An SMSF is treated the same as retail, industry and corporate funds for tax purposes. However, in a SMSF you have greater control of taxation matters. The control and flexibility SMSF trustees have over your SMSF investment decisions allows them to determine when an asset is sold, which could affect when any relevant taxes are paid.
The current tax rate on earnings within a superannuation fund (including an SMSF) is 15%, but where the income is produced by assets wholly supporting an income stream such as a pension, there is no tax payable within the fund on that income.
The ATO outlines the assessable income for a complying SMSF, which includes:
employer and personal deductible contributions
interest, dividends and rent
net capital gains (less total capital losses; and less a one third capital gains tax discounts for an asset owned for a year or more).
The ATO also defines activities and investments that fall outside the 15% tax rate, including non-arm’s length income, which is taxed at the highest marginal tax rate. Non-arm’s length income includes income:
derived from a scheme or investment in which the parties are not dealing with each other at arm’s length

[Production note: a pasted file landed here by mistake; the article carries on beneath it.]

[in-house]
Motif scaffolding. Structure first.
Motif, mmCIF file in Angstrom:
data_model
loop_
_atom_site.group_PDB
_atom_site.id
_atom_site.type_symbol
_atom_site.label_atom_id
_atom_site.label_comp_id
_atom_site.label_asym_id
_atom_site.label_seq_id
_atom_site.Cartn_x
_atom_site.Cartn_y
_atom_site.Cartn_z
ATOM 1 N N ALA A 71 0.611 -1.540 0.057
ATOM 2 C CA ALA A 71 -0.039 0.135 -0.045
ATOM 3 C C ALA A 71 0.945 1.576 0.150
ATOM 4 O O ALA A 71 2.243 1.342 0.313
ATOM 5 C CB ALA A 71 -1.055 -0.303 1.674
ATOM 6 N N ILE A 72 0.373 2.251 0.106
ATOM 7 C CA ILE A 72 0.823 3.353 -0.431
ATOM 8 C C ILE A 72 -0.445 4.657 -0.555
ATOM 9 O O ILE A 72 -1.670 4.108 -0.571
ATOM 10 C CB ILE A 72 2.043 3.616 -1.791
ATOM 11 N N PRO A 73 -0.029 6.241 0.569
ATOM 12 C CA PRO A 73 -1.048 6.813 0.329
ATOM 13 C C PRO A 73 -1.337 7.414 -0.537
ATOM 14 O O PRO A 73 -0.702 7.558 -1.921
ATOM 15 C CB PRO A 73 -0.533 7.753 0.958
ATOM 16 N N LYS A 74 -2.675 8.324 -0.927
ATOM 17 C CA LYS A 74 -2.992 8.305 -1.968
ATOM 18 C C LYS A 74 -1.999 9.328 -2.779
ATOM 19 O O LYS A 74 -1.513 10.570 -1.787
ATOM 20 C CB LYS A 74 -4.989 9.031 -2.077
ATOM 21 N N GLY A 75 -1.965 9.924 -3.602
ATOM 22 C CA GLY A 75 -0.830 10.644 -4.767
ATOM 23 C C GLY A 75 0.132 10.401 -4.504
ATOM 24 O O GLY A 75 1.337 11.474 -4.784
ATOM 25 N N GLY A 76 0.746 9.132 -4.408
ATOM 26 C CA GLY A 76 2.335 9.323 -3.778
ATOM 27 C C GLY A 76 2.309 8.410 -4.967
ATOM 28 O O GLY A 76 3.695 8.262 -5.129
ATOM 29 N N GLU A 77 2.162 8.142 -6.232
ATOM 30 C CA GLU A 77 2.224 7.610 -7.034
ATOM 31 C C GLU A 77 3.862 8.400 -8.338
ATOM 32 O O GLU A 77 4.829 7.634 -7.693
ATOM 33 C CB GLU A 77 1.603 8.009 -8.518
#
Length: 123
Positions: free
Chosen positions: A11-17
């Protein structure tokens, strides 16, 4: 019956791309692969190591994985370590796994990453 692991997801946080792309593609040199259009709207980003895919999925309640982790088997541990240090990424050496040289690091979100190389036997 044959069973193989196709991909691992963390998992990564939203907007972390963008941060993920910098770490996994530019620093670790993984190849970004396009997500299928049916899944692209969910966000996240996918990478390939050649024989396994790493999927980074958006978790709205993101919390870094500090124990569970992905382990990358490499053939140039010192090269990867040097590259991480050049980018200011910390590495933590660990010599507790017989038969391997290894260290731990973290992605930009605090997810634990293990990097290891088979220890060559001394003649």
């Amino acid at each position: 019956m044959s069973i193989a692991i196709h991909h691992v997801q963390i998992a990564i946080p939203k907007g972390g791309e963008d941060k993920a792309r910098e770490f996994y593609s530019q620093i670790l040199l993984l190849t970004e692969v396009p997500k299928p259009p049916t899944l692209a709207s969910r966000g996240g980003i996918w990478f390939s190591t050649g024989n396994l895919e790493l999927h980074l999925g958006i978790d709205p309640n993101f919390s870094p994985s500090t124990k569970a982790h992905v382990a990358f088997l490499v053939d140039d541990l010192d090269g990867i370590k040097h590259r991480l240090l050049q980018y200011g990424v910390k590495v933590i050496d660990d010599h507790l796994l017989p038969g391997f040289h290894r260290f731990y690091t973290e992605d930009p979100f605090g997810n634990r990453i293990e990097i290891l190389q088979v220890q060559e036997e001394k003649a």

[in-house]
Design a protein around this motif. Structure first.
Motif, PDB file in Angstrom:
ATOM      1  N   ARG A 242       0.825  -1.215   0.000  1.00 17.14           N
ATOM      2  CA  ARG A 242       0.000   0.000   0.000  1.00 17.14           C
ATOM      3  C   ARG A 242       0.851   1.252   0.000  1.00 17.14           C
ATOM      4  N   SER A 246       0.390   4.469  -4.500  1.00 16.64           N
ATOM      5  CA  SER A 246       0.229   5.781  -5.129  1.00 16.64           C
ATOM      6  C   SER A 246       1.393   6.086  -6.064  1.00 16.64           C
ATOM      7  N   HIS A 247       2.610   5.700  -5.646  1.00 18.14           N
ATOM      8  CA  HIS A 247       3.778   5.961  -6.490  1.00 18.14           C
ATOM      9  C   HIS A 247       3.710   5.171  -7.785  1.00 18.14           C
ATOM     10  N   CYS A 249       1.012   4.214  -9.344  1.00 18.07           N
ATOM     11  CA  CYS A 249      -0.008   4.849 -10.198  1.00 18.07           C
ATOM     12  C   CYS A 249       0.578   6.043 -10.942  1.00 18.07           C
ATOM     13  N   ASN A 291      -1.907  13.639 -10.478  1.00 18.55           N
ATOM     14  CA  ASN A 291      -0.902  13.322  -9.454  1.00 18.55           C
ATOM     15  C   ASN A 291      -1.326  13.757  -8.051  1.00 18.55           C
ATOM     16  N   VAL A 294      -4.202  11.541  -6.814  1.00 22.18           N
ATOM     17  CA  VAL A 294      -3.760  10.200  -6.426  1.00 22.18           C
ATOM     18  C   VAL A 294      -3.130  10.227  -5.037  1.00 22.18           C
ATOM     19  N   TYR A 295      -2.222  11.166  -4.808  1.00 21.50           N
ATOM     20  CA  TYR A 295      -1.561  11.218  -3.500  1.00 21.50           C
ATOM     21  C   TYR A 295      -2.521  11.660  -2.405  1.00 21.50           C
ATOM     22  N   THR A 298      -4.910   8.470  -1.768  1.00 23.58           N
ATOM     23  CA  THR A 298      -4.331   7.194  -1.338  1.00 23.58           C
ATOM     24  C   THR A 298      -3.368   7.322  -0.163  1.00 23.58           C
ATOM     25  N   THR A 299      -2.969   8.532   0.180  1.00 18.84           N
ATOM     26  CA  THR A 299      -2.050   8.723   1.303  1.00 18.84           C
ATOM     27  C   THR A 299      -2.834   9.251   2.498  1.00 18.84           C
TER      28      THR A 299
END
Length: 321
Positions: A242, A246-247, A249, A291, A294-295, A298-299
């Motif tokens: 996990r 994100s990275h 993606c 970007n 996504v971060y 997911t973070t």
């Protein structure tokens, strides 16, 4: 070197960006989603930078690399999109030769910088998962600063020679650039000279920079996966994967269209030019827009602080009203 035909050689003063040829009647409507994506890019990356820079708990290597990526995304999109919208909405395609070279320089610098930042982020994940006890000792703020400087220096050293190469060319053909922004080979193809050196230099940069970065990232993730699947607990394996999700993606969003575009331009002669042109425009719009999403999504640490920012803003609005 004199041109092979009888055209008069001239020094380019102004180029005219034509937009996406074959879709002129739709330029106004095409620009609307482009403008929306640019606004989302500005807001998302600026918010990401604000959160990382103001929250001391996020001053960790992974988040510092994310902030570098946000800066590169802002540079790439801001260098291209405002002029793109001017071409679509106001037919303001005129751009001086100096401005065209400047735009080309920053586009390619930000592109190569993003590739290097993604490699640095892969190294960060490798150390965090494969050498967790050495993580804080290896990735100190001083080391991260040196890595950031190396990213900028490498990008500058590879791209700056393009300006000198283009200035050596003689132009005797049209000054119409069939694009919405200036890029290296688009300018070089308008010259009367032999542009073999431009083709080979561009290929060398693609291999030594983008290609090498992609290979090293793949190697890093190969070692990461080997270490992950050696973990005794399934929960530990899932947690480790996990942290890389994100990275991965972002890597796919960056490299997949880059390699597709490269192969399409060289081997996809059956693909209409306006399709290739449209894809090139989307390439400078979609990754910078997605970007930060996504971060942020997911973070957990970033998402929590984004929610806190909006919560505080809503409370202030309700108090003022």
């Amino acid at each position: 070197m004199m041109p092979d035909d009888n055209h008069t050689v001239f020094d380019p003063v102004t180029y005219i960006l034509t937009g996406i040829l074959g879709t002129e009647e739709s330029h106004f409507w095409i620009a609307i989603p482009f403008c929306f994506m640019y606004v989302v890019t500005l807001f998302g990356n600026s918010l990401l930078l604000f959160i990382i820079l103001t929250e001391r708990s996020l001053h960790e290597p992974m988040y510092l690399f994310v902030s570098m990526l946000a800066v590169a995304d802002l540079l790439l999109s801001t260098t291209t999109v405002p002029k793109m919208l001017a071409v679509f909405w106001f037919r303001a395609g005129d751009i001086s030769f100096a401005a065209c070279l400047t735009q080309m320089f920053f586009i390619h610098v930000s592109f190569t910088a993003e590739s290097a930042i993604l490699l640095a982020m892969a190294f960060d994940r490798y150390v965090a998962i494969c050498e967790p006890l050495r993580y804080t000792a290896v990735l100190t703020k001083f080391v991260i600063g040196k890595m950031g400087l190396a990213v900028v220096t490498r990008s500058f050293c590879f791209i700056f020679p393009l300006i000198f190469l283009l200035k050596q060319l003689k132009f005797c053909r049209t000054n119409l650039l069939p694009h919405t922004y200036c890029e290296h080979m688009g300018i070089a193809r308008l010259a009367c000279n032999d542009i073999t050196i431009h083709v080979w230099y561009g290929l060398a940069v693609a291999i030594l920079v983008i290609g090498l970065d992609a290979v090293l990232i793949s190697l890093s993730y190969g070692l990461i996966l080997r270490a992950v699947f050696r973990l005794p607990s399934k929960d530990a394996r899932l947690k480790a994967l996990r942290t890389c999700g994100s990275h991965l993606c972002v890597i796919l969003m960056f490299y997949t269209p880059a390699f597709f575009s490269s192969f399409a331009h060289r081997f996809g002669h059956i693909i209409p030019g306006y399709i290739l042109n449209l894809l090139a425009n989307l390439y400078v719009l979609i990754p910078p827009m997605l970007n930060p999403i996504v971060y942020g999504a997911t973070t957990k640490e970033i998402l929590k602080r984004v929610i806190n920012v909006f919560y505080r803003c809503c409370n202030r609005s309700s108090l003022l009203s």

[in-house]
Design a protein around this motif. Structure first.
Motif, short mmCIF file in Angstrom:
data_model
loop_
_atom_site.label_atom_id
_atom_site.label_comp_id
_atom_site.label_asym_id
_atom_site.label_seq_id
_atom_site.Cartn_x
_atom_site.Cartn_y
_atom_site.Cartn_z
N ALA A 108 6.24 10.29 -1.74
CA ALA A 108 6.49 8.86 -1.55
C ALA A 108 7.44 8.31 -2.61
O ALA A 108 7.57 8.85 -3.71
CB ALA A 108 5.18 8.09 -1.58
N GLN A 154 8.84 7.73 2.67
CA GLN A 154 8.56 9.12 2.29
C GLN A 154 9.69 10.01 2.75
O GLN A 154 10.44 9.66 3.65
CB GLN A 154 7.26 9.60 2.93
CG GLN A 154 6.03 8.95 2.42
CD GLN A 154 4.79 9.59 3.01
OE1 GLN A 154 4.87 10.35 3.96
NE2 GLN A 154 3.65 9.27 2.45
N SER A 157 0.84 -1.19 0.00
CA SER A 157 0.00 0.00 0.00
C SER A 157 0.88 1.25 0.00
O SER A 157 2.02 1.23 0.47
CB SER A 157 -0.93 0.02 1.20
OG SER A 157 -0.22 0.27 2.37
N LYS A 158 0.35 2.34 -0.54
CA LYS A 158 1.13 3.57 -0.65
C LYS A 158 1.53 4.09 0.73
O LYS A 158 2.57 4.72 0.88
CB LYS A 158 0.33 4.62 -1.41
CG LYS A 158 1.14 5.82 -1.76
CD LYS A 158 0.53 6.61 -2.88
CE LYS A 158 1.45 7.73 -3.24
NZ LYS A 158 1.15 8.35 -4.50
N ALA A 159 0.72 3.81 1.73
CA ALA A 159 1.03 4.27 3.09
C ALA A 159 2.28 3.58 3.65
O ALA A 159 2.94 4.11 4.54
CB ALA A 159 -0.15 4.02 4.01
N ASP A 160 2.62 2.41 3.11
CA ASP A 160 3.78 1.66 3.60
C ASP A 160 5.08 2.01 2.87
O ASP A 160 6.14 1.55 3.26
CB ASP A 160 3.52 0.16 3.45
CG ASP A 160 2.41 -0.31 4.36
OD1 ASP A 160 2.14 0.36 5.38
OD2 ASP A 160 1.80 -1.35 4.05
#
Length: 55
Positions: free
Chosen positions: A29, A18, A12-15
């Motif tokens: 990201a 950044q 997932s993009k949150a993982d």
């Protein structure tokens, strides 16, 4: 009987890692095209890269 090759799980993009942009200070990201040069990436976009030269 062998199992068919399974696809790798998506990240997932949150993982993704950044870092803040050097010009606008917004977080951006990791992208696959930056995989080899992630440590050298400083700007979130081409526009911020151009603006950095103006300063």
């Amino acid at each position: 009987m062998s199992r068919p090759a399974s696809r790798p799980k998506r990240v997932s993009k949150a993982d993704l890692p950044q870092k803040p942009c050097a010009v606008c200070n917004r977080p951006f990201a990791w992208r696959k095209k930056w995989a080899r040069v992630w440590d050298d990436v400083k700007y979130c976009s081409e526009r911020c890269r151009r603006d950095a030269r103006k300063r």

where the amount is more than the amount that the SMSF might have been expected to derive if those parties had been dealing with each other at arm’s length
income derived by an SMSF as a beneficiary of a discretionary trust.
Other types of SMSF income are taxed at different rates such as:
contributions made where the SMSF does not hold the member’s Tax File Number (TFN) on file. Referred to as “no-TFN contributions”, they are taxed at the highest marginal tax rate.
You can’t lend money to yourself or any other trustee, or the relatives of trustees. If your SMSF lends money to a trustee or a relative the ATO could declare your fund non-compliant and levy significant tax and penalties.
SMSF assets cannot be used for personal benefit. Buying a holiday house for your private use is not allowed. If your SMSF buys that very same holiday house and only rents it out to non-related parties, it may be permissible.
No more than five per cent of your SMSF can be invested in ‘in-house assets’, such as an investment in your own businesses. The rules regarding in-house assets are complex and you should seek independent advice.
Australian tax laws in relation to SMSFs are complex so you should ensure your accountant, financial planner or financial adviser is qualified to provide you with specialist SMSF advice. Knowing what you can (and cannot) do empowers you with the knowledge to take advantage of the control and flexibility which SMSFs may provide.